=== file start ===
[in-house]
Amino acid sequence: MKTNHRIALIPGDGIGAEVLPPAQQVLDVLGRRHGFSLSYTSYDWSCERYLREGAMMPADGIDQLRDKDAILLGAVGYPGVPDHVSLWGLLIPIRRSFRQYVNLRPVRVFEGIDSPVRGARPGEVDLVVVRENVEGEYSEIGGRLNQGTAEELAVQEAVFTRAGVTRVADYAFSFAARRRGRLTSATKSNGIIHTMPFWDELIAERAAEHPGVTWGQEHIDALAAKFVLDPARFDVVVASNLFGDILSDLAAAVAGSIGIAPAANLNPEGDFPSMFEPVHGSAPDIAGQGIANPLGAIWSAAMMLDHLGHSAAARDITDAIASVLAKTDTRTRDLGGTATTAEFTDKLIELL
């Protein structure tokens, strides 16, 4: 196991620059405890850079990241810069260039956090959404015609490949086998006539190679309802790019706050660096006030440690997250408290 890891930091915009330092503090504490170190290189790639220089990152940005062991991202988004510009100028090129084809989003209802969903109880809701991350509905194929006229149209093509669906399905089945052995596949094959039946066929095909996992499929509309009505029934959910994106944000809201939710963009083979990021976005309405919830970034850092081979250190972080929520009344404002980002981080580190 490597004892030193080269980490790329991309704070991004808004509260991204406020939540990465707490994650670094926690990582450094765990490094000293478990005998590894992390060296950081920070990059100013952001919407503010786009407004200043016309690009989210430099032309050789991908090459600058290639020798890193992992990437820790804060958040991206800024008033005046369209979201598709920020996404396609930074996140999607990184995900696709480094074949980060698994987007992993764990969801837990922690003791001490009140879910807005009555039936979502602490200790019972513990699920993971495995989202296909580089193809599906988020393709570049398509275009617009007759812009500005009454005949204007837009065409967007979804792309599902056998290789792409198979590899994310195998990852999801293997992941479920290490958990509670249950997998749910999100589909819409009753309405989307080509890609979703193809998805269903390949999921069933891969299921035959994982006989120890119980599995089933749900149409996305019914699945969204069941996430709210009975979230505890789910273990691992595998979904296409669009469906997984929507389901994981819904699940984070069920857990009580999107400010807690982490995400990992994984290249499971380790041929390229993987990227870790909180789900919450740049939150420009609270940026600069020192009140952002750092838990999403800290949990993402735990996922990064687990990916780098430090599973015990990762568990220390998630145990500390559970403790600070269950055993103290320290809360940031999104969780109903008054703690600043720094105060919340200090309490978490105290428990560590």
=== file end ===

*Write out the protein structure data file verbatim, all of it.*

[in-house]
Amino acid sequence: MKTNHRIALIPGDGIGAEVLPPAQQVLDVLGRRHGFSLSYTSYDWSCERYLREGAMMPADGIDQLRDKDAILLGAVGYPGVPDHVSLWGLLIPIRRSFRQYVNLRPVRVFEGIDSPVRGARPGEVDLVVVRENVEGEYSEIGGRLNQGTAEELAVQEAVFTRAGVTRVADYAFSFAARRRGRLTSATKSNGIIHTMPFWDELIAERAAEHPGVTWGQEHIDALAAKFVLDPARFDVVVASNLFGDILSDLAAAVAGSIGIAPAANLNPEGDFPSMFEPVHGSAPDIAGQGIANPLGAIWSAAMMLDHLGHSAAARDITDAIASVLAKTDTRTRDLGGTATTAEFTDKLIELL
């Protein structure tokens, strides 16, 4: 196991620059405890850079990241810069260039956090959404015609490949086998006539190679309802790019706050660096006030440690997250408290 890891930091915009330092503090504490170190290189790639220089990152940005062991991202988004510009100028090129084809989003209802969903109880809701991350509905194929006229149209093509669906399905089945052995596949094959039946066929095909996992499929509309009505029934959910994106944000809201939710963009083979990021976005309405919830970034850092081979250190972080929520009344404002980002981080580190 490597004892030193080269980490790329991309704070991004808004509260991204406020939540990465707490994650670094926690990582450094765990490094000293478990005998590894992390060296950081920070990059100013952001919407503010786009407004200043016309690009989210430099032309050789991908090459600058290639020798890193992992990437820790804060958040991206800024008033005046369209979201598709920020996404396609930074996140999607990184995900696709480094074949980060698994987007992993764990969801837990922690003791001490009140879910807005009555039936979502602490200790019972513990699920993971495995989202296909580089193809599906988020393709570049398509275009617009007759812009500005009454005949204007837009065409967007979804792309599902056998290789792409198979590899994310195998990852999801293997992941479920290490958990509670249950997998749910999100589909819409009753309405989307080509890609979703193809998805269903390949999921069933891969299921035959994982006989120890119980599995089933749900149409996305019914699945969204069941996430709210009975979230505890789910273990691992595998979904296409669009469906997984929507389901994981819904699940984070069920857990009580999107400010807690982490995400990992994984290249499971380790041929390229993987990227870790909180789900919450740049939150420009609270940026600069020192009140952002750092838990999403800290949990993402735990996922990064687990990916780098430090599973015990990762568990220390998630145990500390559970403790600070269950055993103290320290809360940031999104969780109903008054703690600043720094105060919340200090309490978490105290428990560590």